Targeting mitochondria by anthelmintic drug atovaquone sensitizes renal cell carcinoma to chemotherapy and immunotherapy

Targeting mitochondria respiration is an effective therapeutic strategy in renal cell carcinoma (RCC). Atovaquone is a FDA-approved antibiotic but is also known as a mitochondrial inhibitor. We found that atovaquone inhibited proliferation and induced apoptosis of RCC cells. Mechanistically, atovaquone inhibits mitochondrial respiration in a concentration-dependent and time-dependent manner, via targeting mitochondrial respiratory complex III. Although increased glycolysis was observed in atovaquone-treated cells, atovaquone decreased ATP levels. As a consequence of mitochondrial respiration inhibition, reactive oxygen species levels were increased by atovaquone. The complete rescue of atovaquone's effects by an antioxidant suggests the important role of oxidative stress in the action of atovaquone in RCC. Importantly, atovaquone enhanced the in vitro and in vivo efficacy of 5-fluorouracil (5-FU) and interferon-α (IFN-α). Our preclinical findings suggest that atovaquone is a useful addition for RCC treatment. Our work also further demonstrates that RCC is more dependent on mitochondrial respiration than glycolysis.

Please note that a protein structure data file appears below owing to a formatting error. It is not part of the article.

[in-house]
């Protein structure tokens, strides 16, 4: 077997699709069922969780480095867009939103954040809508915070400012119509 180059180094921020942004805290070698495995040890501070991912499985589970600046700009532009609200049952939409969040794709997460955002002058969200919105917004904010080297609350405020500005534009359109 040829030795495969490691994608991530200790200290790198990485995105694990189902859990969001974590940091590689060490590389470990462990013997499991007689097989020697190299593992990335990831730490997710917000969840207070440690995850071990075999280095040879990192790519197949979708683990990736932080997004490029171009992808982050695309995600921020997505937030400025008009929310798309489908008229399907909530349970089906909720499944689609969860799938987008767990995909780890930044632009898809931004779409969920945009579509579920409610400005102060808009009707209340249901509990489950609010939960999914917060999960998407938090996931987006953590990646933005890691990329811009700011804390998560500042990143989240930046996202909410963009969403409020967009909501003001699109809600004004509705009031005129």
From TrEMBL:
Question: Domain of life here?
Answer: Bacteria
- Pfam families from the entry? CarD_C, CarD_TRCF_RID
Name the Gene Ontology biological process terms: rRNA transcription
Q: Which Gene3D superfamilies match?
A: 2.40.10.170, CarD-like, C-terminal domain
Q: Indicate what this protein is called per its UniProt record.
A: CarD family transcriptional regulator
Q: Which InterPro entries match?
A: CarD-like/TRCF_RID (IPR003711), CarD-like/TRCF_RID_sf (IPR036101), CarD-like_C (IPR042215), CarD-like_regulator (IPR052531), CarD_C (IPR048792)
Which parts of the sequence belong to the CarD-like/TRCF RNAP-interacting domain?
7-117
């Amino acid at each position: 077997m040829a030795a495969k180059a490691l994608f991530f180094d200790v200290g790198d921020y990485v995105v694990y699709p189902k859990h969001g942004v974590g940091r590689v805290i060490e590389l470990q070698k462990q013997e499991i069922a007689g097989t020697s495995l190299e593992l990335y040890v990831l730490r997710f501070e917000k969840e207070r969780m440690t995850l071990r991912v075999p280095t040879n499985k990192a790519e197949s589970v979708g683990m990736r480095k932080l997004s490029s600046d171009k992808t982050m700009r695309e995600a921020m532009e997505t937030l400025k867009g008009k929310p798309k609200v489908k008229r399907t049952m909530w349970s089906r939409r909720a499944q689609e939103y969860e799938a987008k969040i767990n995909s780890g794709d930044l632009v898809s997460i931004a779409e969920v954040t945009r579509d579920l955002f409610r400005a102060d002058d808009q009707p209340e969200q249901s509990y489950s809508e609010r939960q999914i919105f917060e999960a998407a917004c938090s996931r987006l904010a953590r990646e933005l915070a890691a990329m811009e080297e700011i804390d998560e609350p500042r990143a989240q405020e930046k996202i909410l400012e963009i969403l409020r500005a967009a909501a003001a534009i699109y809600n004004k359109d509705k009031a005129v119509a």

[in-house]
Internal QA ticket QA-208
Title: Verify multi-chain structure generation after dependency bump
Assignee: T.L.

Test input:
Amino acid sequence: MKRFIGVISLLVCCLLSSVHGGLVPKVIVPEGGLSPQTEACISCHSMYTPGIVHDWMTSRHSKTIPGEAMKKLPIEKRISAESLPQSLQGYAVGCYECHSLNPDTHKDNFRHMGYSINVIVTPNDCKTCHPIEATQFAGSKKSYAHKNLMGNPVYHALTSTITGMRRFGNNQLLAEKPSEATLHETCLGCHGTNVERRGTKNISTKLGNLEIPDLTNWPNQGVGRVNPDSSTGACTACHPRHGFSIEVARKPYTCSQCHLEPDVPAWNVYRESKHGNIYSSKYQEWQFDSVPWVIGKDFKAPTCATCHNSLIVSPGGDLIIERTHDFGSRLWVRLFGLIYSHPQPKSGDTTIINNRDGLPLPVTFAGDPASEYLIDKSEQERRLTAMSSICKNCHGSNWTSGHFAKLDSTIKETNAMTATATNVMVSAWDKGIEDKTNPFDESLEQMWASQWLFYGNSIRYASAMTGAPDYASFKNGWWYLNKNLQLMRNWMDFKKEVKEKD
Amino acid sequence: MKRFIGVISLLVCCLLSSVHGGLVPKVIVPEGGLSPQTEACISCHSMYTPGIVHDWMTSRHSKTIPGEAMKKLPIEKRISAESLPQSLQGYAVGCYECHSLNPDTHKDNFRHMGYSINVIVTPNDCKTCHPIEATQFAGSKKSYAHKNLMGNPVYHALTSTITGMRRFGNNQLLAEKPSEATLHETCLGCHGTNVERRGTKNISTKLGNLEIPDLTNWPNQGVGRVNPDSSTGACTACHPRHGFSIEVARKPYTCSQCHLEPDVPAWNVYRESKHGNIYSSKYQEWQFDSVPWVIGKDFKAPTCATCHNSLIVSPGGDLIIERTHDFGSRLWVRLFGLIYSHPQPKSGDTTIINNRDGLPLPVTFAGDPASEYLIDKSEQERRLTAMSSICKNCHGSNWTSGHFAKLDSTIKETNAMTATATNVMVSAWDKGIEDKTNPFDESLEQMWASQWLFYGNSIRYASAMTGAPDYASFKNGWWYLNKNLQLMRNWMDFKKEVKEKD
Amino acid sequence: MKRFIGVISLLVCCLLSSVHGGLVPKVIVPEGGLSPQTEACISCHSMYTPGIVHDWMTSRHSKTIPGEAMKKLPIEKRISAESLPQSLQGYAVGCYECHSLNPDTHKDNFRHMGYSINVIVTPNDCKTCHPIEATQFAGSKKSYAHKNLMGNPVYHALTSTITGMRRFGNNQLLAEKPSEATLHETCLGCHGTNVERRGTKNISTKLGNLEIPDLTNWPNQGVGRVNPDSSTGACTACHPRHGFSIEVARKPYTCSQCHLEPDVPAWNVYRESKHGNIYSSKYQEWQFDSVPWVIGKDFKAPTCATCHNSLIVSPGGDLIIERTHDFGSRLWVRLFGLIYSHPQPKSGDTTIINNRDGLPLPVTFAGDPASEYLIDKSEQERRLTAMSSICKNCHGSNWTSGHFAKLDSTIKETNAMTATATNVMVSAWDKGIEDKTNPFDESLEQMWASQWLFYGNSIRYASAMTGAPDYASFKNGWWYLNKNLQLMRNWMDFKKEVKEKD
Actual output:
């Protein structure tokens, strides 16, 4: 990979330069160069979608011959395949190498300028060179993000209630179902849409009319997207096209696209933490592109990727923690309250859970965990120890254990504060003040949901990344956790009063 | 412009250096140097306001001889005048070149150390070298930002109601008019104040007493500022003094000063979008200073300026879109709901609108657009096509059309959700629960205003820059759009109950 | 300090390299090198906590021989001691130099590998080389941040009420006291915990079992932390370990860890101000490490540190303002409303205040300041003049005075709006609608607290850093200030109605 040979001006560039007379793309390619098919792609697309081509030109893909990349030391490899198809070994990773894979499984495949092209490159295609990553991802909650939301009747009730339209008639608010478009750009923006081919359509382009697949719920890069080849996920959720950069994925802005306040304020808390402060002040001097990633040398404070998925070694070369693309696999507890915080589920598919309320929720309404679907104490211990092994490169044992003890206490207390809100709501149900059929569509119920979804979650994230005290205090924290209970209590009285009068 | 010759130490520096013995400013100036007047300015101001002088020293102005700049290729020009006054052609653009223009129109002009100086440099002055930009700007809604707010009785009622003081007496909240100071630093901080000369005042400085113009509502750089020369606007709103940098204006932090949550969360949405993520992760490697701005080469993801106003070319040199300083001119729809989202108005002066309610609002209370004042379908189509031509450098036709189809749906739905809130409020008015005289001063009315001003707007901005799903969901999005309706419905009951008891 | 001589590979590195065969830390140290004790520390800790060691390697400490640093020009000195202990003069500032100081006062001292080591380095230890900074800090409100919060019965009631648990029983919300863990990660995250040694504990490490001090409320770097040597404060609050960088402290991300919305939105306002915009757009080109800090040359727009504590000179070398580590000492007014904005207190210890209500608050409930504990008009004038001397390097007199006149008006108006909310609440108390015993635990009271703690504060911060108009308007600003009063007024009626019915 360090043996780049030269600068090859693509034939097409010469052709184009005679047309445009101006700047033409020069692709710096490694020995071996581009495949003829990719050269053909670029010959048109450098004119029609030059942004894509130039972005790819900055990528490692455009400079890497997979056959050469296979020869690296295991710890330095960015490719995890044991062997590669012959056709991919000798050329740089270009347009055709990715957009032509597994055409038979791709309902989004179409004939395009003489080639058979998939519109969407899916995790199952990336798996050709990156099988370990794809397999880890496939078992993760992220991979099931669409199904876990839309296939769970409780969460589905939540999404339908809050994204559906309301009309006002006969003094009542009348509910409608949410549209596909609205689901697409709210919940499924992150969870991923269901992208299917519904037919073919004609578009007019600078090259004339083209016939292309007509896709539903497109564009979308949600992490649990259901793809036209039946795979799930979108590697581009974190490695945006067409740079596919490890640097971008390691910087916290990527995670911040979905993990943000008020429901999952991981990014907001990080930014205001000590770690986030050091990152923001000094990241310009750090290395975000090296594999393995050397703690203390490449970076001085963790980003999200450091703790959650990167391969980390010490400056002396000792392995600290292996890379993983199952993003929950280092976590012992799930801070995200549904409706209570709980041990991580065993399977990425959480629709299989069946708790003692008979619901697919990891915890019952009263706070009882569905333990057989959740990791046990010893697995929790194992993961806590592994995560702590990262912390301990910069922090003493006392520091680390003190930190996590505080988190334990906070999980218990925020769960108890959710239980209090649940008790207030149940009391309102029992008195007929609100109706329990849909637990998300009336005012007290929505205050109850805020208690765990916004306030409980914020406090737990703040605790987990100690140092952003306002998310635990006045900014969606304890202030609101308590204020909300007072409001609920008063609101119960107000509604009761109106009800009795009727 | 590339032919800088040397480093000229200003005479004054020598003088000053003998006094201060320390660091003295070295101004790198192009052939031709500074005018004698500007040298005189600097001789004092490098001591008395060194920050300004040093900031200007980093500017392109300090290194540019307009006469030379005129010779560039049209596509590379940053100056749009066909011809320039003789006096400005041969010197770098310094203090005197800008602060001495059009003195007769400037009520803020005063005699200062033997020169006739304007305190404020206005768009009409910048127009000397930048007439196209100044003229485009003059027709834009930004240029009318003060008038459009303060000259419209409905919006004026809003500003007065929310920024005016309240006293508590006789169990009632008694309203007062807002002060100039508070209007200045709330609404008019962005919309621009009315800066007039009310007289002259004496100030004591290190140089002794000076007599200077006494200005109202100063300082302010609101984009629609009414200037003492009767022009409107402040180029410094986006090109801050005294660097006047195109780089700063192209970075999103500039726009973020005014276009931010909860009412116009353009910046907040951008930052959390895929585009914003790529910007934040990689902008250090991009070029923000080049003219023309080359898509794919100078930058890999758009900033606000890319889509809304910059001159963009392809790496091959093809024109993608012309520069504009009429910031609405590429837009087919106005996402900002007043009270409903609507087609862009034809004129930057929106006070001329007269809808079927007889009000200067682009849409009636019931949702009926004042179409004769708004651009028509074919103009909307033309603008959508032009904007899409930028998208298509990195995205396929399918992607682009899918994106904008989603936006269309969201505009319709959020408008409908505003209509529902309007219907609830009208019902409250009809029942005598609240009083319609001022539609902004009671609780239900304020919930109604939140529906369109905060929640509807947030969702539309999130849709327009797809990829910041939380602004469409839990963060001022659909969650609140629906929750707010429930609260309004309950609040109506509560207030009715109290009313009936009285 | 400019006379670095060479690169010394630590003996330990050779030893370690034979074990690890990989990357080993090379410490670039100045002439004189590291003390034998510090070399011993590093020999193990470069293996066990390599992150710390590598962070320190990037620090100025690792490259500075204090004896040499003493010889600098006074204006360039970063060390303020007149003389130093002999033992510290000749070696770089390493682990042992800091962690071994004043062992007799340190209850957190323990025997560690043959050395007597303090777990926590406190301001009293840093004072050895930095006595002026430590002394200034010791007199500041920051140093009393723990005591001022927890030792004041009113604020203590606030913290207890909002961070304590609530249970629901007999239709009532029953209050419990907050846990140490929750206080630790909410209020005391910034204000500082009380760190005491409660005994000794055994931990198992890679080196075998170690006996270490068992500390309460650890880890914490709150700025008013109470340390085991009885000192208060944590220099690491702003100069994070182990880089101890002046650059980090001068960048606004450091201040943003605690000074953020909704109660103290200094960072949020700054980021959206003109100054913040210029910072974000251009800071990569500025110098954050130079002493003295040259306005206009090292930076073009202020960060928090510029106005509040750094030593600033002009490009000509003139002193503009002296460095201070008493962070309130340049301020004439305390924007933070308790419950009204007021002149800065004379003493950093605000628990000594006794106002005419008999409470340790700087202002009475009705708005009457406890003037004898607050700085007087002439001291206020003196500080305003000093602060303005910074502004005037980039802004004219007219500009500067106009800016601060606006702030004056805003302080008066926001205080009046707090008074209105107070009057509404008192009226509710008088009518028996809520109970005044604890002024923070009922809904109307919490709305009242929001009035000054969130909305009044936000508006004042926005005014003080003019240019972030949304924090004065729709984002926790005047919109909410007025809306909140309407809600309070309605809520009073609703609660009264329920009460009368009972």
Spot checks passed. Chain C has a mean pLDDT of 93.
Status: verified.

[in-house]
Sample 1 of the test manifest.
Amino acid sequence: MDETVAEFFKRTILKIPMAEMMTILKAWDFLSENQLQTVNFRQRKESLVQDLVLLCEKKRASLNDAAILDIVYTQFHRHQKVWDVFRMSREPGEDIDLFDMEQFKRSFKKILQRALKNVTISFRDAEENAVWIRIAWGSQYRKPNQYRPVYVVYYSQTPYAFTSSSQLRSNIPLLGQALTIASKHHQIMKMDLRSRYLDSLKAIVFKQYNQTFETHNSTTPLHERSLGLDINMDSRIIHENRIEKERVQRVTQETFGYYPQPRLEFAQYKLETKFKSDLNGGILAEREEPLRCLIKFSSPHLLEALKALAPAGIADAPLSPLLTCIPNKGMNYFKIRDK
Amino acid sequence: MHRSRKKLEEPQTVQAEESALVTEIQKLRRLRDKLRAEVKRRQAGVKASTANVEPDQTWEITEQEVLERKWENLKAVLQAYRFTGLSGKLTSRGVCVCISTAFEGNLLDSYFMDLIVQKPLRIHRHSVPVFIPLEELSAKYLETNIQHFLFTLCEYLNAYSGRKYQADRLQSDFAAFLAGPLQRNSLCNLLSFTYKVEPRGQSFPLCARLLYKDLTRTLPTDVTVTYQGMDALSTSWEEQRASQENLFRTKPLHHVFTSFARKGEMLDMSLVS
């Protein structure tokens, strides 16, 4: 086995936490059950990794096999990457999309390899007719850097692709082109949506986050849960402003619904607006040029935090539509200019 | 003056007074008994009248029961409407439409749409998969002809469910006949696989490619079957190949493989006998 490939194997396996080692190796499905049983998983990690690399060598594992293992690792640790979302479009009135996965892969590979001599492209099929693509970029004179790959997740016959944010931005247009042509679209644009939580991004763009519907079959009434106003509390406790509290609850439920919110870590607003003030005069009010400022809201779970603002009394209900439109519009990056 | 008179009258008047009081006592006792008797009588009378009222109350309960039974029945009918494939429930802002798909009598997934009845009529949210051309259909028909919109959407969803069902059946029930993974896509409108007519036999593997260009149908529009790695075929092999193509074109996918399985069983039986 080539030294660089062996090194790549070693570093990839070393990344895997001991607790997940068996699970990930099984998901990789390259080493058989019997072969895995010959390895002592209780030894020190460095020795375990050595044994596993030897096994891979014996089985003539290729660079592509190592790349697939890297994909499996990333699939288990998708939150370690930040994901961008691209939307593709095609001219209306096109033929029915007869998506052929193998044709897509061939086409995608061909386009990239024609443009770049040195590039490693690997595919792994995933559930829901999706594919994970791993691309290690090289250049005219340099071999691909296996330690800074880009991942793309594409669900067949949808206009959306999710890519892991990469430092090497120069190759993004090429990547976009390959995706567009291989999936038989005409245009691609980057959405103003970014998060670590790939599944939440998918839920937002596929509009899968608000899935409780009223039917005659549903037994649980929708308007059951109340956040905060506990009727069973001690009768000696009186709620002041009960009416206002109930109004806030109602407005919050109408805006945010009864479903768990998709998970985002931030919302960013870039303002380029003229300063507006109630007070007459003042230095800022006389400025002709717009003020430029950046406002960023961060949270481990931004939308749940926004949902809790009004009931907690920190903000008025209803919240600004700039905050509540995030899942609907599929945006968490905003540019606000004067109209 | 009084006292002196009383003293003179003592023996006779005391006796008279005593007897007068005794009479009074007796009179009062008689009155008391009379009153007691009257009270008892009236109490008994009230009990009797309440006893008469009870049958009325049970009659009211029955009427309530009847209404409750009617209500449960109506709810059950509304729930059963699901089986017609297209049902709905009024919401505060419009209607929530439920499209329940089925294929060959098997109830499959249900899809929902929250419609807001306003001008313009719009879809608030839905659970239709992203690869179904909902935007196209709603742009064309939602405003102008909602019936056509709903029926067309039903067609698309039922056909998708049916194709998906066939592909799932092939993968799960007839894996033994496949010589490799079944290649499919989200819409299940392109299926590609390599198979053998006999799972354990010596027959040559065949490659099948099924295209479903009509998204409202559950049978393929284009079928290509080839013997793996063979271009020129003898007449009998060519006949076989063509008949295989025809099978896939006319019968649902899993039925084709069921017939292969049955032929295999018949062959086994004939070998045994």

Journal of biochemical and molecular toxicology. 2018 Jul 13 [Epub ahead of print]

Dehong Chen, Xiaosong Sun, Xuejun Zhang, Jun Cao

Department of Urology, Xiangyang Central Hospital, Hospital Affiliated to Hubei University of Arts and Science, Xiangyang, 441021, People's Republic of China.

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